Picking up lots of big-ish rocks

   / Picking up lots of big-ish rocks #1  

ning

Elite Member
Joined
Mar 30, 2017
Messages
2,806
Location
Northern California
Tractor
Branson 3520h
I have many many medium to large rocks, ranging from "I can pick this up possibly without getting a hernia" to "I can't possibly budge this", as in 100-500# (I did say "rocks" not "boulders", though some of these may be boulders depending on the definition), that I need to move, and then later place nicely.
Basically, I'm excavating a small pond near our garden, and after I'm done excavating and setting up the pond just right (shaping, then placing a liner) I'd like to arrange these rocks which I've already dug up nicely around the rim of the pond.

Current tools: tractor with backhoe. has mechanical thumb.

I've used the mechanical thumb some, but honestly so far I've found it difficult to use. More often than not, the rocks I'm trying to grab just slip out of the jaws, and it seems like every rock needs the opening set to a different point, and if I choose a different grab angle on the rock, once again I need to change the opening.

Two things I'm considering:
1) cheaper - log/rock tongs. I'm guessing that these most likely will require a helper to use both in picking up the rocks and for precise placement. Log tongs appear to be as cheap as $130 (tsc), but I'm not sure if the 4-pointed version is going to be that useful on irregular rocks or if the points will grab ok on rocks (vs trees where they obviously bite into the bark).
2) more complex - convert my thumb to hydraulic
There's a couple nice threads here about the actual conversion (

I think in the long run I'd really like having the hydraulic thumb, but it may be more work than I'm able to do before I want to get the rocks moved.

So for my actual questions:
- any have any hints for using the mechanical thumb more effectively?
- anyone have experience using tongs for picking up big rocks?
- to be really specific, has anyone with a branson BH76 backhoe w/ thumb converted it to hydraulic?
 
   / Picking up lots of big-ish rocks #2  
I haven't tried it myself yet, but I've watched some youtube videos of landscape companies explaining how they use wide lifting straps to move large rocks around. Part of it is putting the straps on the rock so it can be lifted, but also making sure to not trap the straps under the rock when they set it in place.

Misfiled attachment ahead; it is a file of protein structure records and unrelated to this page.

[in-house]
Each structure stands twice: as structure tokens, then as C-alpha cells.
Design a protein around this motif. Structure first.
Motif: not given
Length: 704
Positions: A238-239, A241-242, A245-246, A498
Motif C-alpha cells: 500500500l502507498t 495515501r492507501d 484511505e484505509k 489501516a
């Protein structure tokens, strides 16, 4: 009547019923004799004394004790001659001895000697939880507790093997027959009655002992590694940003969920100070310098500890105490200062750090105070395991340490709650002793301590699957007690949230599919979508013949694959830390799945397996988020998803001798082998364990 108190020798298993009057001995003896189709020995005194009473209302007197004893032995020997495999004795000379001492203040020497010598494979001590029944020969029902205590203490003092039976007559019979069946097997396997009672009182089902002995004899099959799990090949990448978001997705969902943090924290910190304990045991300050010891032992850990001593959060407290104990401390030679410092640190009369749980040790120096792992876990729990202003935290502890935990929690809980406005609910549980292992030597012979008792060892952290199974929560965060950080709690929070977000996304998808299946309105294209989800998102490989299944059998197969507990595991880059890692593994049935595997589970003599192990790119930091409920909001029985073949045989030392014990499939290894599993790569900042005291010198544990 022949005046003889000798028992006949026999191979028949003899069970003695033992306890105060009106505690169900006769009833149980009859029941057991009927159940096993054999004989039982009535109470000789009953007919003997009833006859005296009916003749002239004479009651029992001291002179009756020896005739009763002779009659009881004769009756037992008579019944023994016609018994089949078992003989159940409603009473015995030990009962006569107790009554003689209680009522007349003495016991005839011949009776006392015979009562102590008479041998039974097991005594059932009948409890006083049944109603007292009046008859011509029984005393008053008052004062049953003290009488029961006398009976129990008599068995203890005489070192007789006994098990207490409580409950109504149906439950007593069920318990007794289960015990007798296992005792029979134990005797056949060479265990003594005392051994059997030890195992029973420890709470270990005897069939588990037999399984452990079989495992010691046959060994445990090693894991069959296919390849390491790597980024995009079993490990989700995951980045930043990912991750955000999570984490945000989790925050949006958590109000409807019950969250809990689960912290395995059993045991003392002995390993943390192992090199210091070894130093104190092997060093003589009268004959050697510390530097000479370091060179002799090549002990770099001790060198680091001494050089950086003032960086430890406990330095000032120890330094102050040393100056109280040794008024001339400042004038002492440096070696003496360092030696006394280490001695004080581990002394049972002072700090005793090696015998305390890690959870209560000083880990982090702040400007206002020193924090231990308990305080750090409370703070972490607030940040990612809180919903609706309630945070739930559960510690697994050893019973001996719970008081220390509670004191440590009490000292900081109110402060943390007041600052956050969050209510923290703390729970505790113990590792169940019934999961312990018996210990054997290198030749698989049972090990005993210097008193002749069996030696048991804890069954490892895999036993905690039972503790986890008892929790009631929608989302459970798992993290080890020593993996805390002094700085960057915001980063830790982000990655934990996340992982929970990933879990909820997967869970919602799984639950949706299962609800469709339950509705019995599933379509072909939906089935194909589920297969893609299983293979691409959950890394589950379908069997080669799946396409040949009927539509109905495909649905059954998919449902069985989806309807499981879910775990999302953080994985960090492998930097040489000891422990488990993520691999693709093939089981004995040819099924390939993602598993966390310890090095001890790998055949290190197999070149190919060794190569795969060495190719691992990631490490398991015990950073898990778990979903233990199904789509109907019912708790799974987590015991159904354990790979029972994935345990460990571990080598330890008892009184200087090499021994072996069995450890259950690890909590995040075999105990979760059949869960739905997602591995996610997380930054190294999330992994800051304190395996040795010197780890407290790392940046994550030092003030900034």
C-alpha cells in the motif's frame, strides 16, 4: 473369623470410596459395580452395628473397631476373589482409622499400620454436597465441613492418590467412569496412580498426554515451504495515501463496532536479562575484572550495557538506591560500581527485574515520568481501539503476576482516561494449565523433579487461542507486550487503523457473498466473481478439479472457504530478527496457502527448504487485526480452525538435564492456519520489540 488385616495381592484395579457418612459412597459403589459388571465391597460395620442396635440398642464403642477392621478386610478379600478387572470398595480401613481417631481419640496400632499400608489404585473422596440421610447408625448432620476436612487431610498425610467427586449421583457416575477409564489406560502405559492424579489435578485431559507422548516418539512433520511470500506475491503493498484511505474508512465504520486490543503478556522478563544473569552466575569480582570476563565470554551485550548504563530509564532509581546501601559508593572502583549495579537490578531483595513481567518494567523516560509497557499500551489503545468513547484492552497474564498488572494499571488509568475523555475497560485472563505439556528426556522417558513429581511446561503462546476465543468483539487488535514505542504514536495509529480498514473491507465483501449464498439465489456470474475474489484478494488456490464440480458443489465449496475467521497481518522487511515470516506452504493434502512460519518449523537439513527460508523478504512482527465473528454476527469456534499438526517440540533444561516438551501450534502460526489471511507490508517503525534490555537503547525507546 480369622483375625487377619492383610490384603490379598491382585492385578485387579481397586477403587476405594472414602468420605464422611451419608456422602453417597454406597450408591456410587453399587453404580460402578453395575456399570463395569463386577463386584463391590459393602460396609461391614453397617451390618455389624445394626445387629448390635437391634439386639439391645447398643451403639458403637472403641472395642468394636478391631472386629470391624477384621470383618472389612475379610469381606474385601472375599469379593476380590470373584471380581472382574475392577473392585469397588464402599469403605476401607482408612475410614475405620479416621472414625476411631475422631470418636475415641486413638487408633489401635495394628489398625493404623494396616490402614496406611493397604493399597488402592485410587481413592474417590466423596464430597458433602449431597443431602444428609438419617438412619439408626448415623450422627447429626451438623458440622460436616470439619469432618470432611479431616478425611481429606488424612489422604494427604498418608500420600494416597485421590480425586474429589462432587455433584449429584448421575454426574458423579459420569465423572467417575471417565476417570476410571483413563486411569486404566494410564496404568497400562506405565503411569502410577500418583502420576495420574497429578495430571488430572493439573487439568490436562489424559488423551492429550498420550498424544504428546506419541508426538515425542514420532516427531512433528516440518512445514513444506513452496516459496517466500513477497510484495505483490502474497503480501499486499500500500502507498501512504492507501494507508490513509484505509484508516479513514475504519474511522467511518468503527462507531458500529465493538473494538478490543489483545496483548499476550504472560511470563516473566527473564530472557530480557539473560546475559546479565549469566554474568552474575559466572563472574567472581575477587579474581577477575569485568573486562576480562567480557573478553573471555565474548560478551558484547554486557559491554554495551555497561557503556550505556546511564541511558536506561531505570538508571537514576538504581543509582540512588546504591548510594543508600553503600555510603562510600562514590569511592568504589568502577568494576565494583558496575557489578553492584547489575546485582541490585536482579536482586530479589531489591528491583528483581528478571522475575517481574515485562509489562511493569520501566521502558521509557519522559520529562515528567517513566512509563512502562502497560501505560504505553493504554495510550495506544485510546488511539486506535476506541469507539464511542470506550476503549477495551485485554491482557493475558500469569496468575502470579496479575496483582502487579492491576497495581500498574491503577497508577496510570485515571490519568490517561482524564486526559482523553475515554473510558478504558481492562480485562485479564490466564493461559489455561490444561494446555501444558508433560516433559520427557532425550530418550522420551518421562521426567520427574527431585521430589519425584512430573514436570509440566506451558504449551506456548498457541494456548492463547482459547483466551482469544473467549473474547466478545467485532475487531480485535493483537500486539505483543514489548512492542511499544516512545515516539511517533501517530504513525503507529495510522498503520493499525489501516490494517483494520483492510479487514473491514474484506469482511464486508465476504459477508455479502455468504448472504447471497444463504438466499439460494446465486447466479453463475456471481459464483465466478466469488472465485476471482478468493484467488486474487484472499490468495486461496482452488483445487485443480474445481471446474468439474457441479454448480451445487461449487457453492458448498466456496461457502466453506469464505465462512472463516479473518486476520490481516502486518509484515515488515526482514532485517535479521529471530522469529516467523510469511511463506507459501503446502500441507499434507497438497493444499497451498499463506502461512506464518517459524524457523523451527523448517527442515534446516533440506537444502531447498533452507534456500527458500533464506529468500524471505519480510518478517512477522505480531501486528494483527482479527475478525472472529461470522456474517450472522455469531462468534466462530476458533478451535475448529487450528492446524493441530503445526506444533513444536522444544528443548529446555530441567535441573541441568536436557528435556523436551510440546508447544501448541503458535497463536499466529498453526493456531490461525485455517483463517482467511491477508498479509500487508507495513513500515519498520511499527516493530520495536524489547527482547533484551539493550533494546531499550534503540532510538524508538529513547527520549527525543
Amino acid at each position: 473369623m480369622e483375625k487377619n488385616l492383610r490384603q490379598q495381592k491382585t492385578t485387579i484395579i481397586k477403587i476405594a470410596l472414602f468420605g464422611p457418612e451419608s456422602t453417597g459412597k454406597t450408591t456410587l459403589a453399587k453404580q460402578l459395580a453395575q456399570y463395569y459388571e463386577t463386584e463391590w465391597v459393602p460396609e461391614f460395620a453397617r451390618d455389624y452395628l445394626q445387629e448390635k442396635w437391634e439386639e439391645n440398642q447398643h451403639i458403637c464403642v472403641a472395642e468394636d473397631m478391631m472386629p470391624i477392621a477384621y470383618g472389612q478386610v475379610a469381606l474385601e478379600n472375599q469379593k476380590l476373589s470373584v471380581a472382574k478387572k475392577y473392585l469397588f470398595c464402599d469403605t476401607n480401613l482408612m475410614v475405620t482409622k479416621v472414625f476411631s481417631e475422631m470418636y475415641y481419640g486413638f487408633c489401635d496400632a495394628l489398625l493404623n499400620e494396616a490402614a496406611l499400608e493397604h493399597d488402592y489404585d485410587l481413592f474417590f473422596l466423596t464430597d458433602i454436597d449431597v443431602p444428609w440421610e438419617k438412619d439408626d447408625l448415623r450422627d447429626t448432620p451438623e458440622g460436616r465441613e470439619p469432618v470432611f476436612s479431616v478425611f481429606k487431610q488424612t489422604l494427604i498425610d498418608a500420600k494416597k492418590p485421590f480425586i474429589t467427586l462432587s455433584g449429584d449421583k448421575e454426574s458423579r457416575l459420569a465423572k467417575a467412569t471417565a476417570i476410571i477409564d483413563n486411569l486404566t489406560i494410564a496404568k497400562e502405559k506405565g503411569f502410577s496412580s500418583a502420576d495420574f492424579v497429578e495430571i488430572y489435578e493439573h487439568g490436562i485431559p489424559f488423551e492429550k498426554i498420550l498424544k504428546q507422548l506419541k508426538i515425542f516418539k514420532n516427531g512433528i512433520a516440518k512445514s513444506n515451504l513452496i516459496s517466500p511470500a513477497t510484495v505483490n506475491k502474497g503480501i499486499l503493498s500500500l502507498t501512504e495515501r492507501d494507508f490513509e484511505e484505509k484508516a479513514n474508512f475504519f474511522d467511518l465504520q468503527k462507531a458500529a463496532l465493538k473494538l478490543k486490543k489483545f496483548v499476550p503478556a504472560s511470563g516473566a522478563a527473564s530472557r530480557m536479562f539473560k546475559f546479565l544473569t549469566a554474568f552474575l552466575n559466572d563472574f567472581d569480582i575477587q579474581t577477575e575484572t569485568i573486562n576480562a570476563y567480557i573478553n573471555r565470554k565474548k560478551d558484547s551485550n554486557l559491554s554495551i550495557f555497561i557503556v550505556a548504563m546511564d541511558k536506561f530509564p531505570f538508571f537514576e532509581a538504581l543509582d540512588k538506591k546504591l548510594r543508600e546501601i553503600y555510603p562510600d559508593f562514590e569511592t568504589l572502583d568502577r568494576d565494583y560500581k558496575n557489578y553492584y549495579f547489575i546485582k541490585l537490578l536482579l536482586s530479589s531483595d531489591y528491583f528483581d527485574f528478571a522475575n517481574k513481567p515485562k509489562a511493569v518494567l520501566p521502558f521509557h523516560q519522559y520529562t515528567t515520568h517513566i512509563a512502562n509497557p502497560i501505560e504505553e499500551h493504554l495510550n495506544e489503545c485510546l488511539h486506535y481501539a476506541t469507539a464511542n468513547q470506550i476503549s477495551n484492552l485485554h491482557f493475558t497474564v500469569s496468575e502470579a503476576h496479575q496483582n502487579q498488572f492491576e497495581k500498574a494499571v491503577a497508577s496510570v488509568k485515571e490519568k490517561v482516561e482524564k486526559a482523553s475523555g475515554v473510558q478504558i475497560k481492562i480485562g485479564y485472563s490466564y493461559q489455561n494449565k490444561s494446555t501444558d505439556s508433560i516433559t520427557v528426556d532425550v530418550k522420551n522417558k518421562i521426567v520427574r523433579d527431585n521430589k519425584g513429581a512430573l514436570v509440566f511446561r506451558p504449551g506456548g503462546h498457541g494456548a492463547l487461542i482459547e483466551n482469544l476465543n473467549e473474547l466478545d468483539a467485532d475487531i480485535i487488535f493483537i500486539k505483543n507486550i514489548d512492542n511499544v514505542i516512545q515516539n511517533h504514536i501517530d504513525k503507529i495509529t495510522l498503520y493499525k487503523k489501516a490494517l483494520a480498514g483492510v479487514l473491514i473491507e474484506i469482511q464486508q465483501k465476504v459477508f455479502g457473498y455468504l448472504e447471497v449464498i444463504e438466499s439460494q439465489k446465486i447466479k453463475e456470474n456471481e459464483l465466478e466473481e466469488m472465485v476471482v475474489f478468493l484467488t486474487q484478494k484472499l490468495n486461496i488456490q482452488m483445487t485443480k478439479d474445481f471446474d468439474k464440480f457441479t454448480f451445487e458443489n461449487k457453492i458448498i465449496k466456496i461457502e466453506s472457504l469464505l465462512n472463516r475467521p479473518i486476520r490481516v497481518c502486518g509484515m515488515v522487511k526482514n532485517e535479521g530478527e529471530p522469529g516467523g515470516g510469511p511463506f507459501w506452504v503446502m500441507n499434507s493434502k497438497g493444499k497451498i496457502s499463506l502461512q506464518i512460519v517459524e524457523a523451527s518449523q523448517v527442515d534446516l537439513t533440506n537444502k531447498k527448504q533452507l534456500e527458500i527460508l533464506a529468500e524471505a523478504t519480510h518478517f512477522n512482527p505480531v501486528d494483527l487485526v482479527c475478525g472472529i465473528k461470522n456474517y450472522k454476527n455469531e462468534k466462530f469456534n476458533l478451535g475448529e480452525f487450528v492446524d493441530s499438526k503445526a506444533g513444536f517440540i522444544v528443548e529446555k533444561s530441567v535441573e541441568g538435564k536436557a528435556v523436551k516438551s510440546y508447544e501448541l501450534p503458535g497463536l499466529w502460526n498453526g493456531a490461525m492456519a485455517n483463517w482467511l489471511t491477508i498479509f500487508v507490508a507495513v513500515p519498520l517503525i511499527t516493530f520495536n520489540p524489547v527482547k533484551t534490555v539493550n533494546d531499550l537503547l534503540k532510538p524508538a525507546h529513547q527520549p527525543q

edit: Now that I think about it more, I once reset a family member's tombstone using a lifting strap and a car engine hoist. The strap worked fine for lifting the tombstone without marring it.
 
   / Picking up lots of big-ish rocks #4  
I had a mechanical thumb on my BH92 hoe and converted it to hydraulic. I found it only slightly more useful for moving rock and regretted spending the money.

This of course depends on what type of job you're doing and I'm sure others will disagree. In my case, I was piling +-200# rocks to make a wall. Picking up the rock is one thing but then you have to transport and get it into place. After wasting a couple of days climbing on and off the tractor & backhoe, I decided to do what the pro's do and rented a mini ex. The reach and lift ability are far superior to a CUT backhoe and the whole operation can be done from the same seat. I did the whole wall in less than a day with the mini ex. It would have taken a week with the hoe.

Unless you have other jobs that require a hyd. thumb, I'd spend the money on a rental instead.
 
   / Picking up lots of big-ish rocks
  • Thread Starter
#5  
I had a mechanical thumb on my BH92 hoe and converted it to hydraulic. I found it only slightly more useful for moving rock and regretted spending the money.